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Daffodils in the snow

Photo by Victor Grigas, Wikimedia Commons

Protect budding plants during cold snap

After a couple of spells of unusually warm winter weather, the Omaha area got an early start on spring. Bulbs started to pop out of the ground, and trees and shrubs started to bud. Grass started to turn green. And maybe even your spring allergies kicked in.

But now we’re in another cold snap that may last several days, and snow is expected this weekend. So everyone’s asking: Will my flowers/trees/plants survive?

Here’s the good news from “A sudden brief late freeze is not likely to kill or cause long-term damage to your shrubs and trees, though the early leaves and blossoms may suffer some real damage,” according to Angela Carson. “Prolonged extreme weather can kill or severely damage flowering trees and shrubs, but the majority of spring freeze events will only cause a setback. Most trees and shrubs will recover from this type of damage, unless they are a variety already prone to freeze damage.”

The likely amount of damage depends on how much budding had already taken place, Carson says. “If the leaf buds were still quite small, and had just begun to unfurl, you should still be in good shape. Even if actual leaves had begun to sprout, they are just the initial budding. Once the weather warms again, your tree or shrub will put out another flush of leaves.”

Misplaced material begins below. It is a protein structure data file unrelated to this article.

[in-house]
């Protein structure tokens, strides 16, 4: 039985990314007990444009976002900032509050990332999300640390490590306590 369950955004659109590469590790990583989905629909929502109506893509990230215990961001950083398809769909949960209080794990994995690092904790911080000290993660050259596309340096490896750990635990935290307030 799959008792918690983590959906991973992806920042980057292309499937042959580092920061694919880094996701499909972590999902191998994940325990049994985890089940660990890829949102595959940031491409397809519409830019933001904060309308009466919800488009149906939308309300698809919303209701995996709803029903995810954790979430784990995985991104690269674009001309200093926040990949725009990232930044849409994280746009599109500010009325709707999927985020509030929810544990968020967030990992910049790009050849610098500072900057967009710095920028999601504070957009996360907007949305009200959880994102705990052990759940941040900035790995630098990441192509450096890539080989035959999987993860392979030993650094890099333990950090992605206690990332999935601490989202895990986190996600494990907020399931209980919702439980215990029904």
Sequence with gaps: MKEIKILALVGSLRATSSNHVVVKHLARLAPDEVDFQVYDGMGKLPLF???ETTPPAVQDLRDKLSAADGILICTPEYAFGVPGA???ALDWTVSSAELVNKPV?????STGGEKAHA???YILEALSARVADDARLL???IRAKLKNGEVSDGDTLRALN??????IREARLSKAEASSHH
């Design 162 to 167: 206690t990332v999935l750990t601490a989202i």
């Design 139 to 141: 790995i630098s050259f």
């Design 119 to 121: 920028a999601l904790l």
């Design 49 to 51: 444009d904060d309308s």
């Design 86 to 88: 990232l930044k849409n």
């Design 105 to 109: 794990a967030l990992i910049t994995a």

It’s still a good idea to protect plants, shrubs and trees during this revert-to-winter weather. Here’s how to protect those just-budding plants during the cold.

  • Place a 2-inch layer of mulch around plants. This will keep the heat in the ground and help protect roots from heaving, according to
  • Water the soil around the plants during the daytime. This seems counterintuitive, but it works. “Wet soil holds more heat than dry soil to help protect the plants,” according to “Avoid wetting the plants, if possible.”
  • Cover plants and shrubs, and protect trees. Cloth works best, according to Julie Day at Use fabric, old bed sheets, burlap or commercial frost cloths.”For best results, drape the cover over a frame to keep it from touching the foliage. Fabric covers help to trap heat from the soil, so make sure your cover drapes to the ground,” Day says. “Uncover them in the morning when the temperature rises above freezing.”
  • Avoid plastic covers if you can. “Plastic covers can be disastrous, as they retain the moisture, which then freezes,” Carson says. “A woven, breathable cover is allows ventilation and some moisture exchange, and doesn’t encourage fungal diseases.”If you do cover plants, do it before the sun goes down to trap the day’s heat. “If you wait until darkness falls, most of the stored heat in your garden will have dissipated,” says Jill Spencer on
  • Another way to keep plants from freezing is to warm them up with water jugs. “Fill plastic milk jugs with water and place them in the sun, allowing them to soak up heat during the day. Before dusk, set the jugs around your plants and throw a cover over them. The water in the jugs will lose heat more slowly than the soil and the air, and the warmth it emits will keep your plants warm,” Day says. If you don’t have enough milk jugs, you can fill 2-liter soda bottles or other plastic containers. You can also set bricks, large stones or cement blocks in the sun to absorb the heat, then place them under the plant covers, Carson says.

Stay safe and warm this weekend!

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